What to Do for Fainting
If you've ever fainted, you are not alone - at least one third of people faint sometime in their lives. Fainting is a temporary loss of consciousness. You lose muscle control at the same time, and may fall down. Most people recover quickly and completely.
Fainting usually happens when your blood pressure drops suddenly, causing a decrease in blood flow to your brain. This is more common in older people. Some causes of fainting include
- Heat or dehydation
- Emotional distress
- Standing up too quickly
- Certain medicines
- Drop in blood sugar
- Heart problems
Fainting is usually nothing to worry about, but it can sometimes be a sign of a serious problem. If you faint, it's important to see your health care provider and find out why it happened.
Here are some dos and don'ts to remember if someone faints
Fisrt aid fainint
If you feel faint:
- Lie down or sit down.
- If you sit down, place your head between your knees.
Discuss recurrent fainting spells with your doctor.
If someone else faints:
-Catch the person before he or she falls
1. Position the person on his or her back. Make sure the legs are elevated, if possible above the heart level.
2. Check the person's airway to be sure it's clear. Watch for vomiting.
3. Check for signs of circulation (breathing, coughing or movement). If absent, begin CPR. Call 911 or your local emergency number. Continue CPR until help arrives or the person responds and begins to breathe.
4. Help restore blood flow. If the person is breathing, restore blood flow to the brain by raising the person's legs above the level of the head. Loosen belts, collars or other constrictive clothing. The person should revive quickly. If the person doesn't regain consciousness within one minute, dial 911 or call for emergency medical assistance.
If the person was injured in a fall associated with a faint, treat any bumps, bruises or cuts appropriately. Control bleeding with direct pressure.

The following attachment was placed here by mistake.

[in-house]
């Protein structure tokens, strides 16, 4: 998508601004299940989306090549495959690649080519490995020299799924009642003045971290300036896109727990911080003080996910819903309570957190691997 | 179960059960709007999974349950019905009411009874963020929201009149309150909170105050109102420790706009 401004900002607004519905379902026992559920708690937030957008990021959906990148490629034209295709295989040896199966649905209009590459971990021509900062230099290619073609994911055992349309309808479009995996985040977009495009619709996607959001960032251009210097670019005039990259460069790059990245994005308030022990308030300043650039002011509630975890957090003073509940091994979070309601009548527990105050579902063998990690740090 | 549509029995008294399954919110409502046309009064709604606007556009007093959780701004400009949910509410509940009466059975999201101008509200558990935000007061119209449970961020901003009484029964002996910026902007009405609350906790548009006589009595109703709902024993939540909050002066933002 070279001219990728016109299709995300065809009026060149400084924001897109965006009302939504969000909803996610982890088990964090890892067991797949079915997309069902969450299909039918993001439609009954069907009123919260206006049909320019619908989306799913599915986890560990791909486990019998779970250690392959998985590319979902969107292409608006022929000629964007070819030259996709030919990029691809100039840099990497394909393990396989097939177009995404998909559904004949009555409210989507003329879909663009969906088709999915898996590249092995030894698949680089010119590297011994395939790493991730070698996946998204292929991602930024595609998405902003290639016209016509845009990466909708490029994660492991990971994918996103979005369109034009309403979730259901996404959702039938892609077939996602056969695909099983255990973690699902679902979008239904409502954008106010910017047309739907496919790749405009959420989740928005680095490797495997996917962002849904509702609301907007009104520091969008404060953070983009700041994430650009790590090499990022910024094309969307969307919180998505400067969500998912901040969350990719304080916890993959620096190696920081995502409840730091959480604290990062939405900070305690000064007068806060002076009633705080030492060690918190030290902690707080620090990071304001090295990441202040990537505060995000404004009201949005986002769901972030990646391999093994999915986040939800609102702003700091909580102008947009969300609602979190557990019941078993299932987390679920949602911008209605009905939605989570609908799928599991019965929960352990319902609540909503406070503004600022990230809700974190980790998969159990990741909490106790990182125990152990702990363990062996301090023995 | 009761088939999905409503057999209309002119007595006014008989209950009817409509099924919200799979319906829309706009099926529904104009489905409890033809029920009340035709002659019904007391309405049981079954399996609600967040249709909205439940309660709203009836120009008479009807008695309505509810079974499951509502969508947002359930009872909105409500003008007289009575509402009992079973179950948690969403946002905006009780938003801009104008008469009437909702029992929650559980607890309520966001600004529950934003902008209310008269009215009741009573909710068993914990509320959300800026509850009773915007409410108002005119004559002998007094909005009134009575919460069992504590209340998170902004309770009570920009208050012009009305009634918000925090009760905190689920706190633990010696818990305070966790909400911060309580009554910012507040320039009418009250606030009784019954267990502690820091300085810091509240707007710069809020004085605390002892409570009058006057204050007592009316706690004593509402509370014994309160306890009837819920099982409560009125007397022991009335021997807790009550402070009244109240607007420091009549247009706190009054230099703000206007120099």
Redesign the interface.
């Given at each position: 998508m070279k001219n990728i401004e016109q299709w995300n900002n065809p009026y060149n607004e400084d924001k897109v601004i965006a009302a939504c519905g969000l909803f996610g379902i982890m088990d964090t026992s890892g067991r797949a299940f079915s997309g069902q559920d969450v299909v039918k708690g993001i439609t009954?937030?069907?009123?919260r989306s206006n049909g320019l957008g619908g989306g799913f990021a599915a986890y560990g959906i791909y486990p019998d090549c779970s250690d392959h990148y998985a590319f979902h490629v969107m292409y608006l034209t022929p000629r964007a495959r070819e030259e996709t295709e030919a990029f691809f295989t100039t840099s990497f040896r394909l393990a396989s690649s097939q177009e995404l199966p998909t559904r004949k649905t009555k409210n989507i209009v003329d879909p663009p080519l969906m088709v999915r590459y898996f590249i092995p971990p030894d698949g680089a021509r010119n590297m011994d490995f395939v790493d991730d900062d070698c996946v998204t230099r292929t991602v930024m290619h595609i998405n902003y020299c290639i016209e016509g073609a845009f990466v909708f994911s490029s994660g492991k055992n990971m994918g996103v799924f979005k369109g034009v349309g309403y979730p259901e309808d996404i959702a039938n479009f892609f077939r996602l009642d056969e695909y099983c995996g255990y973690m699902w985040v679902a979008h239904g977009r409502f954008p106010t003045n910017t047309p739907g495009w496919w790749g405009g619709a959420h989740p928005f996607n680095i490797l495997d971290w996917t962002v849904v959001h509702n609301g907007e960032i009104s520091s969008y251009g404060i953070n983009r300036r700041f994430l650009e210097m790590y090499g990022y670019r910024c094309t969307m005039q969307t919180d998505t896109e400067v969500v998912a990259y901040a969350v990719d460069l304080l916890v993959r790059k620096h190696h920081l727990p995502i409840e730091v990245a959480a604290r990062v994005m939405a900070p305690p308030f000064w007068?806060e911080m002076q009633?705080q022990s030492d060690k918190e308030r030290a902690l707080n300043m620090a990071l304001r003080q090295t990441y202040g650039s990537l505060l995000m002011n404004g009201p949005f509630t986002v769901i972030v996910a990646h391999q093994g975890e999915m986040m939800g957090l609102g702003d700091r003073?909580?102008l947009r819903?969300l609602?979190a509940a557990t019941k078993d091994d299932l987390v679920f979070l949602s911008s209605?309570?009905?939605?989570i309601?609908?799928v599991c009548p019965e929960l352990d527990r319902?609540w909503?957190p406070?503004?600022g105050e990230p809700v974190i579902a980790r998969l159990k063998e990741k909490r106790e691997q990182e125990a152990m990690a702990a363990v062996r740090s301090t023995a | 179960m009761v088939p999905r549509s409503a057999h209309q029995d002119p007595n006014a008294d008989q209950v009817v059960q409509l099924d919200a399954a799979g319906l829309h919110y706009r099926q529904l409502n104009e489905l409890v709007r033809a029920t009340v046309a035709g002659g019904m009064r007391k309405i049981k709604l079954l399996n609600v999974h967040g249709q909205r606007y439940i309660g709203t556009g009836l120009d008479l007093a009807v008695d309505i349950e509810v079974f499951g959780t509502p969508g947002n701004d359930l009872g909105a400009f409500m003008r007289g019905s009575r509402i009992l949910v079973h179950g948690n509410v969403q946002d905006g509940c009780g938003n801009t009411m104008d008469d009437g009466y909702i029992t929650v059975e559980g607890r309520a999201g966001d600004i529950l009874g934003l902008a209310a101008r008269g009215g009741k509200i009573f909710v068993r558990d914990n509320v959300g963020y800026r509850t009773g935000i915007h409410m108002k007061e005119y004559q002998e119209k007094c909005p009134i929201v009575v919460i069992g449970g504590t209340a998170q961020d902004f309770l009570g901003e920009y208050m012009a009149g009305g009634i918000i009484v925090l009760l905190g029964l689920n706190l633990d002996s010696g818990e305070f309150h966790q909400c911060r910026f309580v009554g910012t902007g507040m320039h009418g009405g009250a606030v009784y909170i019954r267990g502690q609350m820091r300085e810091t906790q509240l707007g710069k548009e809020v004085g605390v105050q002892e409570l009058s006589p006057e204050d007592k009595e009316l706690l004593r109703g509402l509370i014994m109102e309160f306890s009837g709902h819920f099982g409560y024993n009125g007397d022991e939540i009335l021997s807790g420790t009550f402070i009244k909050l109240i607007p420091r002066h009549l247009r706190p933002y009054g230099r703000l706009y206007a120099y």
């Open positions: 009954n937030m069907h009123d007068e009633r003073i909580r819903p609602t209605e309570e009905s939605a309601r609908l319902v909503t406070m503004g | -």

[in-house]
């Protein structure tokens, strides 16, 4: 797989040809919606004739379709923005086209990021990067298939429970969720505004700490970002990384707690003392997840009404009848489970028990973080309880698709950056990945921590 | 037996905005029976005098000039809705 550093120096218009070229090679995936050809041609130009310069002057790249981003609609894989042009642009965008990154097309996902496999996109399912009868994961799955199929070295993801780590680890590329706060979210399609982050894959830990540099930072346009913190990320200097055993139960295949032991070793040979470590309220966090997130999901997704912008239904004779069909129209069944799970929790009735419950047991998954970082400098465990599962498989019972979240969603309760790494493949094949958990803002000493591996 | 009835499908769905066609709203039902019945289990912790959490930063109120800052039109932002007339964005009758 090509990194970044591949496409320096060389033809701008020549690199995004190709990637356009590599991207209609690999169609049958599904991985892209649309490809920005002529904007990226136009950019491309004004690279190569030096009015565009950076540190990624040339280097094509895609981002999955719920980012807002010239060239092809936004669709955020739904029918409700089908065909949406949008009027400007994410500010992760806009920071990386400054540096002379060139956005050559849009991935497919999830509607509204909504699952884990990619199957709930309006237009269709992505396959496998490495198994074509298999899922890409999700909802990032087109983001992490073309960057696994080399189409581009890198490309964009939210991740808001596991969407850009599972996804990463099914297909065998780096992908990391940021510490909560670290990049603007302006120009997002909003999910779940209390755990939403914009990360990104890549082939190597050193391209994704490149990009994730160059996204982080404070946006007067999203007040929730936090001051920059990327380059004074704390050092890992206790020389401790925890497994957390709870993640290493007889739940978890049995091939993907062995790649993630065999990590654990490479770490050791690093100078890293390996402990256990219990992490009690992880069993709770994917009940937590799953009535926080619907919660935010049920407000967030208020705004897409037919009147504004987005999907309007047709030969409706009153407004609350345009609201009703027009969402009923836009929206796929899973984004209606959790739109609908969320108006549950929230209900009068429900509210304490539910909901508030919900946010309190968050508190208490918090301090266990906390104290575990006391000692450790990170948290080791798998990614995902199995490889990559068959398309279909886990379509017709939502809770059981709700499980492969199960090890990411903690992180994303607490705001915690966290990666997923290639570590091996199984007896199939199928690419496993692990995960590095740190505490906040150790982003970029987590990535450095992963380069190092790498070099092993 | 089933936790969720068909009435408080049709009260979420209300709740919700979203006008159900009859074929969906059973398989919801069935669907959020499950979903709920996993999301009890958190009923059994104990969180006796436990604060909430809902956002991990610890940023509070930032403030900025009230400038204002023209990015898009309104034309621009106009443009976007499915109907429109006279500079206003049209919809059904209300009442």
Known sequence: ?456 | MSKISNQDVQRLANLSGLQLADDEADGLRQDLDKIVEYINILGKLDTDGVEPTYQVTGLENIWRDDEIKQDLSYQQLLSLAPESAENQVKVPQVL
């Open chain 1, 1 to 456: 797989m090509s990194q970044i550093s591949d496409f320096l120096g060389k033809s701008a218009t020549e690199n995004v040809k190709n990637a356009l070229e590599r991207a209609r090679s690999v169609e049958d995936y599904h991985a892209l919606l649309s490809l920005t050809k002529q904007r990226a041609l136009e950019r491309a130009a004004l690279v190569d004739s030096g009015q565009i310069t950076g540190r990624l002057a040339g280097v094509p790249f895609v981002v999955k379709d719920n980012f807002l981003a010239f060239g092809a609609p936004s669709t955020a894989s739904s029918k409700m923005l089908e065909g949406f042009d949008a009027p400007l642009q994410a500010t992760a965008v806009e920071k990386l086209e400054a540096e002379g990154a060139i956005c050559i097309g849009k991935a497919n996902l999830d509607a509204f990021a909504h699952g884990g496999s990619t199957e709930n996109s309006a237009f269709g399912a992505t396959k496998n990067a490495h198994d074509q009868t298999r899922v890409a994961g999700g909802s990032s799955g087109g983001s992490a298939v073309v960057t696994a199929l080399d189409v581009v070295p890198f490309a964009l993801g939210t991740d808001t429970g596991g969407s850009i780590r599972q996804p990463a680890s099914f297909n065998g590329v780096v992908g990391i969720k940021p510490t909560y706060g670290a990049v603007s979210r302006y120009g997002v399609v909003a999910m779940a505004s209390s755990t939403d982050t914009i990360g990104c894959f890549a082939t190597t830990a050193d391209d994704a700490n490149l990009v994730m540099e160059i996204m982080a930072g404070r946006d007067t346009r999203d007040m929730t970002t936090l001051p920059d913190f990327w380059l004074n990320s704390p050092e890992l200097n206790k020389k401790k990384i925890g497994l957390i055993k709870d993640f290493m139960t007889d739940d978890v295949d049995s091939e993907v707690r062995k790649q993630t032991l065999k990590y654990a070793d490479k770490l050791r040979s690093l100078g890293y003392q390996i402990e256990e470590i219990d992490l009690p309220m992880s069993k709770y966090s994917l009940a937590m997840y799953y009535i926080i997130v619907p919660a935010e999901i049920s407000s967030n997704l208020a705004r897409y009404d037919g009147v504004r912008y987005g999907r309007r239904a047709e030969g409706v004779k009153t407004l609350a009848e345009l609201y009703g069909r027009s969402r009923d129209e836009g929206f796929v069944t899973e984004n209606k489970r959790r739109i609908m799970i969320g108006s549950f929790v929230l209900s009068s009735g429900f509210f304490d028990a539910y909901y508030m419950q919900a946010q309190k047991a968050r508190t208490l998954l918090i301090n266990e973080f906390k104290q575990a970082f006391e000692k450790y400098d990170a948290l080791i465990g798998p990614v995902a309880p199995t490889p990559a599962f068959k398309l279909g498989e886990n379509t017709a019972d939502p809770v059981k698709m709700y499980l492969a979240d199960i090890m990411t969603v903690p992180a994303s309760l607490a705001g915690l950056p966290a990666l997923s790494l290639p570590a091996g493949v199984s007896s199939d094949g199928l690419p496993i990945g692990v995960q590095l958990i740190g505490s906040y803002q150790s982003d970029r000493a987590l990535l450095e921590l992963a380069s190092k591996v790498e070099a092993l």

Don't slap or shake anyone who's just fainted.
Don't try to give the person anything to drink, not even water.
Don't allow the person who's fainted to get up until the sense of physical weakness passes, and then
be watchful for a few minutes to be sure he or she doesn't faint again.
If you're prone to fainting spells, ask yourself why. Common faints (not linked to disease) tend to take place in a warm, crowded room, or when your stomach is empty, or when you're in pain, or after an injury. Poor physical condition can leave you more prone to fainting.
If you get dizzy or feel the room is spinning when you stand up or after you have been standing in one position for too long, you are experiencing postural hypotension. To prevent this from happening, try to take your time standing up from a sitting or lying position (count to 60), and don't stand still for long periods of time. Also, check your medications. Blood pressure drugs increase the risk of postural hypotension, and your medication may have to be changed. Or you can wear elastic stockings to increase blood flow from the extremities and help prevent fainting.